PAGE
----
4 Steps to Learn to Walk Your Cat on a Leash
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All cat owners would like to see their little fur ball follow them on a short walk. And many house cats would like to discover the outdoors for their own good.
Did you know that it is quite possible to teach your cat to walk around on a leash to get some fresh air? But a cat outside doesn't behave like a dog, he'll prefer to hide, climb trees.
Learning to walk on a leash requires a lot of sensitivity and patience. In the following, you will find all our tips and tricks to walk your cat on a leash without breaking your head, and especially, without traumatizing him.
Walking your cat on a leash: a long learning curve
Because of the cat's nature, a walk on a leash with him is an activity that must not only be well prepared in advance, but also requires a lot of patience. Some cats even develop an extraordinary walking ability worthy of a dog.
Kitten walking in a parkIn fact, in order to avoid doing more harm than good to your little feline, you must first carefully select the equipment that will be used for the ride, including a harness and leash. Then, you will need to familiarize yourself with these equipments.
Finally, the most difficult and which will require a lot of patience: you must gradually get your little ball of hair used to going outdoors. Needless to say, you will have to go gradually, at your cat's pace, without trying to force or pressure him.
Of course, don't forget to reward him with a treat every time he behaves well. You will have understood it well, it is a long process!
How to learn to walk your cat in 4 steps
To be able to walk your cat without too many difficulties, it is important to respect and apply these 4 steps with patience and gentleness:
1. Choose a harness and a good leash
Compared to the collar that could cause pussy injuries if it pulls on it or wants to get rid of it, the ideal is to opt for a cat harness. Attached to your cat to hold it over most of its body, the harness evenly distributes the tension of the leash, limiting the risk of over-panic and then injury.
As for the leash, choose a model long enough so that the cat can move easily and feel free, start with a leash of at least 1.2 metres and then extend to a maximum of 5 metres if the cat is well used to it.
2. Get the cat used to harnessing
The ideal approach is to create visual, tactile and olfactory contact between the cat and the leash harness. To do this, leave the harness and leave it in the places your cat frequents, so that he can see them, smell them, play with them and soak up his scent.
Thereafter, it will be necessary to put the harness on so that he gets used to the presence of the latter on him. Attach the harness to your cat for a few minutes or even 1 hour (depending on how he reacts to wearing the harness) per day, for several days, preferably when he is relaxed. Feel free to reward him, which will further enhance his ability to get used to the harness on him.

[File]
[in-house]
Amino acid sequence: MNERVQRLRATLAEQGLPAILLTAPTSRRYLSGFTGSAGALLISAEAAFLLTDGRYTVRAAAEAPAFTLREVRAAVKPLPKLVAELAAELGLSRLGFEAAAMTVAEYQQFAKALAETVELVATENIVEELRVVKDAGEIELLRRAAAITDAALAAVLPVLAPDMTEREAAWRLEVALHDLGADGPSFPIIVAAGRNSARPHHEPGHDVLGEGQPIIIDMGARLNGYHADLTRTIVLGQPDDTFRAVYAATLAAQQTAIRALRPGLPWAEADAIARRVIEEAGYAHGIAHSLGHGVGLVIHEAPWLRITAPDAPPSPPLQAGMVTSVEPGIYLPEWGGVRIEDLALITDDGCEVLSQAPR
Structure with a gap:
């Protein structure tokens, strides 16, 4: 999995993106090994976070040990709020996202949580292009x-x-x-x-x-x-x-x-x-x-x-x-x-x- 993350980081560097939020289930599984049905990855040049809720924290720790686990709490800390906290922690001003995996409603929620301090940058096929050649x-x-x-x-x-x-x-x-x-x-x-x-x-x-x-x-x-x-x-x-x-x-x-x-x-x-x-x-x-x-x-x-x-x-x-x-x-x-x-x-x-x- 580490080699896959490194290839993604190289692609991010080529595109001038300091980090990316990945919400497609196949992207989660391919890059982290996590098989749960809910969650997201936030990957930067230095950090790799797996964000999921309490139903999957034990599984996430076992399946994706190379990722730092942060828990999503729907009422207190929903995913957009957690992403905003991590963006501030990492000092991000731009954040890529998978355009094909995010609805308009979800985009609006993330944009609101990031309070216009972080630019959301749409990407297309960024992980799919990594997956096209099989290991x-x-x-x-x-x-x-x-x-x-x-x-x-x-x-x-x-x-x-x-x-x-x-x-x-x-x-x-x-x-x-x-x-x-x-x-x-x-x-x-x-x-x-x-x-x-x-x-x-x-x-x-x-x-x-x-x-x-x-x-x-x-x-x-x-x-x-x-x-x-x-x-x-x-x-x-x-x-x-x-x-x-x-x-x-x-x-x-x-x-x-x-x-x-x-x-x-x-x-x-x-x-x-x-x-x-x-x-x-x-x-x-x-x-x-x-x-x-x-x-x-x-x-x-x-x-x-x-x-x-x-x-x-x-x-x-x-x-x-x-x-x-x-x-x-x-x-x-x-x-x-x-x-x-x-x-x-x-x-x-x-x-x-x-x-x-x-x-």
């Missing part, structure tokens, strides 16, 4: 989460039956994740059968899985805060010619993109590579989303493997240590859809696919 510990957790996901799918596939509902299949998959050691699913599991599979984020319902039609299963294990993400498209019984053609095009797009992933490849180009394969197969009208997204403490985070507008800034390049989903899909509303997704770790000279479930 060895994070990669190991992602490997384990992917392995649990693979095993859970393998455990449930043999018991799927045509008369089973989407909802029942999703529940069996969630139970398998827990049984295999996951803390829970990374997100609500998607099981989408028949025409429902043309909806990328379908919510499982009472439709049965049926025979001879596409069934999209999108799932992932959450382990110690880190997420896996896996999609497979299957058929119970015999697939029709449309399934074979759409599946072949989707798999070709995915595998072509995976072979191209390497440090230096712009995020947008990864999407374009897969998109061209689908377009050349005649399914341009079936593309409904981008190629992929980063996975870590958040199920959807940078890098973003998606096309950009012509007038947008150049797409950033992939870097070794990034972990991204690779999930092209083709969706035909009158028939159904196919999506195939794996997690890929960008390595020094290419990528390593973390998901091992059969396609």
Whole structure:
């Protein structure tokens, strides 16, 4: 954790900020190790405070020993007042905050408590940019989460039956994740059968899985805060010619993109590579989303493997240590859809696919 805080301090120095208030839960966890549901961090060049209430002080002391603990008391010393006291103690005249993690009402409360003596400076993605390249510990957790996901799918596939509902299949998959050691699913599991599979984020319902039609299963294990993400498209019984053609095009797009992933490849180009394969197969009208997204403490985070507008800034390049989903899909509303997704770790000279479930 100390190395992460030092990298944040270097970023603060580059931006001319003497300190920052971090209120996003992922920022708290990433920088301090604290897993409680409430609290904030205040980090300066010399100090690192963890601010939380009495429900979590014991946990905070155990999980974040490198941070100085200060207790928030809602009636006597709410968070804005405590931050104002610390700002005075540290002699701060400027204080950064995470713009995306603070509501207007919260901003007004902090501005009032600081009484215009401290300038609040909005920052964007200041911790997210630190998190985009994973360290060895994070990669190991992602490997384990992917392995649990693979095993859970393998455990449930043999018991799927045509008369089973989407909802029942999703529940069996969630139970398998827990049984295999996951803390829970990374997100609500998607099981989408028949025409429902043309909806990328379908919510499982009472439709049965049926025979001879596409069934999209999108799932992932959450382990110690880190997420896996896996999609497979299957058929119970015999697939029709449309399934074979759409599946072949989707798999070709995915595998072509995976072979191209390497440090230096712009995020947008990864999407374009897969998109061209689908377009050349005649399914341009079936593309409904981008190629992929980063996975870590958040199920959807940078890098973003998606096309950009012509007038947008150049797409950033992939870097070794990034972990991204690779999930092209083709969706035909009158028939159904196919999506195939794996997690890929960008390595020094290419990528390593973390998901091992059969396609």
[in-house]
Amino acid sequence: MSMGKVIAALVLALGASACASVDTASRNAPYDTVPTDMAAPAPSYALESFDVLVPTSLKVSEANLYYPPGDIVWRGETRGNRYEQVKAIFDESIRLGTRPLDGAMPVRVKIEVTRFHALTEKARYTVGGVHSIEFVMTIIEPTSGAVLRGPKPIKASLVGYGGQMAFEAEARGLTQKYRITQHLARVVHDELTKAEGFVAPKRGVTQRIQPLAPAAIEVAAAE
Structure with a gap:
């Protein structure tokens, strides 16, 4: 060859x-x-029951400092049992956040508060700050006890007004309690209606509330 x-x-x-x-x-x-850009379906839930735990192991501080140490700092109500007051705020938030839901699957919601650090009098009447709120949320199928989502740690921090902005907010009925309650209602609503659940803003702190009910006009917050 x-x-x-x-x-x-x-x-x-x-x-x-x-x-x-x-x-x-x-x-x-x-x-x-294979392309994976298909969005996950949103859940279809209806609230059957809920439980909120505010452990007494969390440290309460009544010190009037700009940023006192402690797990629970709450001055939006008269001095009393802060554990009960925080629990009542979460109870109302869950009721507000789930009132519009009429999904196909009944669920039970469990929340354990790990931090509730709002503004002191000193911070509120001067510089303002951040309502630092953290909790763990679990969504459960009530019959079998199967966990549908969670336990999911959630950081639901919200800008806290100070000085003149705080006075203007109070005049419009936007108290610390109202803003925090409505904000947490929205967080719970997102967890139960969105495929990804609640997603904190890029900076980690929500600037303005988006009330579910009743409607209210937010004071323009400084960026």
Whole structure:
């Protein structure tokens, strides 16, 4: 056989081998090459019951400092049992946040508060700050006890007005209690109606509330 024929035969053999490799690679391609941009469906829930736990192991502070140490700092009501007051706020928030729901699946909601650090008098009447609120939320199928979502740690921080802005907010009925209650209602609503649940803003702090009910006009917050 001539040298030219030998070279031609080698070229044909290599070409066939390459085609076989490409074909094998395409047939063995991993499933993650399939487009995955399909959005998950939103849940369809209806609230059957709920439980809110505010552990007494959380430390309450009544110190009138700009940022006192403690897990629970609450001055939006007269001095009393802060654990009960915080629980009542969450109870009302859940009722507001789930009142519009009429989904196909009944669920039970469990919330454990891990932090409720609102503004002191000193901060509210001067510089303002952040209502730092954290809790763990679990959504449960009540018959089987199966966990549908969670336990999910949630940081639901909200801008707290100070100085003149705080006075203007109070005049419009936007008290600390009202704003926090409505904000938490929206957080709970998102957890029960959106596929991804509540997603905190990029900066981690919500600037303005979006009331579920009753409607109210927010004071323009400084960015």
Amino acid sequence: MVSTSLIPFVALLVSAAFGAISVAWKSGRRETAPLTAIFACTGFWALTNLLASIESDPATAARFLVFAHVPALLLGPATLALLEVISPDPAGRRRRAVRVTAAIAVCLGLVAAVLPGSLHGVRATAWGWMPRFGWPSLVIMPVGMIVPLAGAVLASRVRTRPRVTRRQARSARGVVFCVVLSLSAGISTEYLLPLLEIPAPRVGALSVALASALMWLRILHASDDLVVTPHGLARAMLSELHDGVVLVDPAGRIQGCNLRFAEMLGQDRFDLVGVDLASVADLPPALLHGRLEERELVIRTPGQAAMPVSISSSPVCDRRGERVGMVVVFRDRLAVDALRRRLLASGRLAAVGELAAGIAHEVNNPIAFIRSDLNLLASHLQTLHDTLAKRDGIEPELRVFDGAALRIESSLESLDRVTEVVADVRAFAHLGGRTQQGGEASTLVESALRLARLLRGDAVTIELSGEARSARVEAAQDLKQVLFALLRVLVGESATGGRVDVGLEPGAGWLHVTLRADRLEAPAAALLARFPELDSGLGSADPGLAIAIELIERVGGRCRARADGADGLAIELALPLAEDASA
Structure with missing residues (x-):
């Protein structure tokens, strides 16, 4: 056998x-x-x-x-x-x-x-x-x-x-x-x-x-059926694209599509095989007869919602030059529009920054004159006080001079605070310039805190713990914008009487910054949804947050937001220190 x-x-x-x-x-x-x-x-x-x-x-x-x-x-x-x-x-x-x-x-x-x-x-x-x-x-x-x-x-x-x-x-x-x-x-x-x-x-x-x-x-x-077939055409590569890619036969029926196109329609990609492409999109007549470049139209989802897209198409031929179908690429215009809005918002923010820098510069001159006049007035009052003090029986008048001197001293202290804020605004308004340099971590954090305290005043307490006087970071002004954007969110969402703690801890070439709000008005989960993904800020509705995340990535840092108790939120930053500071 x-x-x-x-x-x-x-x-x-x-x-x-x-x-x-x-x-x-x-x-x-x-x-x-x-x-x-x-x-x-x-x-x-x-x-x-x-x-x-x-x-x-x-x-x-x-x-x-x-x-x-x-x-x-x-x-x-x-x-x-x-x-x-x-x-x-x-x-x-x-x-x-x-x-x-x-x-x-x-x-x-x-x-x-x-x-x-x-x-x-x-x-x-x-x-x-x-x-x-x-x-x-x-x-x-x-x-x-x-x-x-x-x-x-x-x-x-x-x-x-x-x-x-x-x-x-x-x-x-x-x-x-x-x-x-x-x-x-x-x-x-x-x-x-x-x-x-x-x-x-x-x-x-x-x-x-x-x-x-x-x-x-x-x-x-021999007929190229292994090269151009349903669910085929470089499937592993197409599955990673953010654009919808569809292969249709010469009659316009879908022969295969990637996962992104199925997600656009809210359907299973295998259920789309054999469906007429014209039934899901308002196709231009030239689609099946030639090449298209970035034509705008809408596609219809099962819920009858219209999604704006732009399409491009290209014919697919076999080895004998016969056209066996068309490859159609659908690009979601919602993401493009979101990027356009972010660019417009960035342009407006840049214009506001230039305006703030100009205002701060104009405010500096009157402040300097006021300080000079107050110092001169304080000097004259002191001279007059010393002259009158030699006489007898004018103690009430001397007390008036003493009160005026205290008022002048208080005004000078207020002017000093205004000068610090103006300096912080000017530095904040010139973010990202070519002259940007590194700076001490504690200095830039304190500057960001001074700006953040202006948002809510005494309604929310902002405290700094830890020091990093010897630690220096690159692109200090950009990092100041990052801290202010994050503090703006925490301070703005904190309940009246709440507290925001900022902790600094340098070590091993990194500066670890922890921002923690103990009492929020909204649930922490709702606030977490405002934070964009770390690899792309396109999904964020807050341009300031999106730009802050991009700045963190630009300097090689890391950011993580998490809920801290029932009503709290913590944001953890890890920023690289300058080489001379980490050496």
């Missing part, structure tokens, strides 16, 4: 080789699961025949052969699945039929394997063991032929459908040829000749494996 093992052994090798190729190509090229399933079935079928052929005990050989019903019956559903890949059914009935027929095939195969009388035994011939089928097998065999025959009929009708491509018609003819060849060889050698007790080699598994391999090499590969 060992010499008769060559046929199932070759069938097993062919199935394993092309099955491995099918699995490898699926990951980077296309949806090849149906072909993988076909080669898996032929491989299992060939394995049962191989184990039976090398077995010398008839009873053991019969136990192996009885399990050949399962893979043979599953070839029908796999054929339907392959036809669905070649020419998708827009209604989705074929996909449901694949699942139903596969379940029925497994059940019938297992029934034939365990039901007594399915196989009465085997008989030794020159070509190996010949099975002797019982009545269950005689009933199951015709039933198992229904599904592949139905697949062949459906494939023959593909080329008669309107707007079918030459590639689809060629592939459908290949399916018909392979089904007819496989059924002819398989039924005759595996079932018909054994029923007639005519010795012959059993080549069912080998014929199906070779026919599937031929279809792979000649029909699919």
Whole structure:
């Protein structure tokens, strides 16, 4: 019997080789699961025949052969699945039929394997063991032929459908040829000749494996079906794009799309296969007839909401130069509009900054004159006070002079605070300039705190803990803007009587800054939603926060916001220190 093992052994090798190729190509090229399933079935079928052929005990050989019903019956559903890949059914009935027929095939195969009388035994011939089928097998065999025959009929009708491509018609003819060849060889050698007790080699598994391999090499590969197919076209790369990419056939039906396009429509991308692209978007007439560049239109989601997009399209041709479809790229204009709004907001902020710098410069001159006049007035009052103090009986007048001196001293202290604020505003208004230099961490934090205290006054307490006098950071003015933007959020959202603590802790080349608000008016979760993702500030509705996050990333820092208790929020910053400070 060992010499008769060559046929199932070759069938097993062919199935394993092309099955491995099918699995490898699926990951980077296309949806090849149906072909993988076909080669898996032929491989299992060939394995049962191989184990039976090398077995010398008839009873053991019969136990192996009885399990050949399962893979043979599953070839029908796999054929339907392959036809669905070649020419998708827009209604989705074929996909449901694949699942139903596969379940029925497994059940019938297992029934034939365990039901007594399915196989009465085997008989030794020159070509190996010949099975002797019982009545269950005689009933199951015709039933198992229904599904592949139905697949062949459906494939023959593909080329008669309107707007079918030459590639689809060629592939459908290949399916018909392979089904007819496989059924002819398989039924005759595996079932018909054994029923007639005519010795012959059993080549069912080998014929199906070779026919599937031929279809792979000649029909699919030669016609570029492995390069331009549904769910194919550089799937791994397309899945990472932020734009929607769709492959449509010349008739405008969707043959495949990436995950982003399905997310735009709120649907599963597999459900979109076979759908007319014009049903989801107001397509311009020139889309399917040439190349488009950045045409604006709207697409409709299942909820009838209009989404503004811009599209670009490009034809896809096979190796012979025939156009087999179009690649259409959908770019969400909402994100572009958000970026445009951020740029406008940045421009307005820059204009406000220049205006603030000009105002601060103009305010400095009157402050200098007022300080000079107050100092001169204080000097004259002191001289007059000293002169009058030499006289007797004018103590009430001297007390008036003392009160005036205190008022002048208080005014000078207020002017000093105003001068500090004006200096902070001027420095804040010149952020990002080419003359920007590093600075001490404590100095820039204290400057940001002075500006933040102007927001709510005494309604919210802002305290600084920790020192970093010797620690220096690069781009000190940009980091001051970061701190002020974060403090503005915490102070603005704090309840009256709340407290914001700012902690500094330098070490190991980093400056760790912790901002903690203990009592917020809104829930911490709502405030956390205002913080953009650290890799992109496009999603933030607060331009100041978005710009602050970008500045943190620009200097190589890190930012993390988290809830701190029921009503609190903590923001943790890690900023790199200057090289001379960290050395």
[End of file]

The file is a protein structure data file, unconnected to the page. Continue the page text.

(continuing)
Once your little feline is used to the harness, you can add the leash. As you go gradually and patiently, let him move as he wishes, until he gets completely used to the presence of the leash.
3. Start in a quiet place
With your cat familiar with the harness and leash, it's time to move on to the initiation to walking. For a start, start in a quiet place like your verandah, then in the garden or yard of the building, etc.... The goal is to gradually familiarize your little feline with the outside world while protecting it from noisy areas, because the slightest unusual noise it will face could terrorize it and traumatize it for life. And because of that, he'll never want to go outside again.
4. Increase the time and number of walks
Once your cat is well acquainted with the outdoors, you can gradually increase the time, number of walks and places to go for a walk. For example, you can evolve from one 5-minute walk per week to 3 15-minute walks per week.
2 golden rules to avoid frustrating the cat during the walk
The worst case scenario would be for your cat to be terrorized, or even traumatized for life, and no longer dare to walk outside. Thus, here are 2 rules to respect to avoid such a situation:
Do not force him to move forward and out
Not yet used to the outdoors, the cat may show some reluctance to leave the house or once outdoors, it does not move forward and remains to be observed around it.
Just don't force him, because if he gets scared after an event on his first outing, he will fully integrate this frustrating event, and know it, he will no longer repeat it as easily or as easily and will prefer to stay in his corner at home, despite your efforts.
Never pull the leash.
As the cat is an independent animal, he will never appreciate it if you pull the leash to impose a direction on him. This will only create kitty's frustration and push her to rebel.
Moreover, if any element causes panic in your cat and he gets agitated, do not pull the leash to direct him towards you, because he will be totally lost between the element that makes him panic and you who pull him in your direction against his will. Instead, take him in your arms and caress him to reassure him, and once calm, put him down again and go back on the road.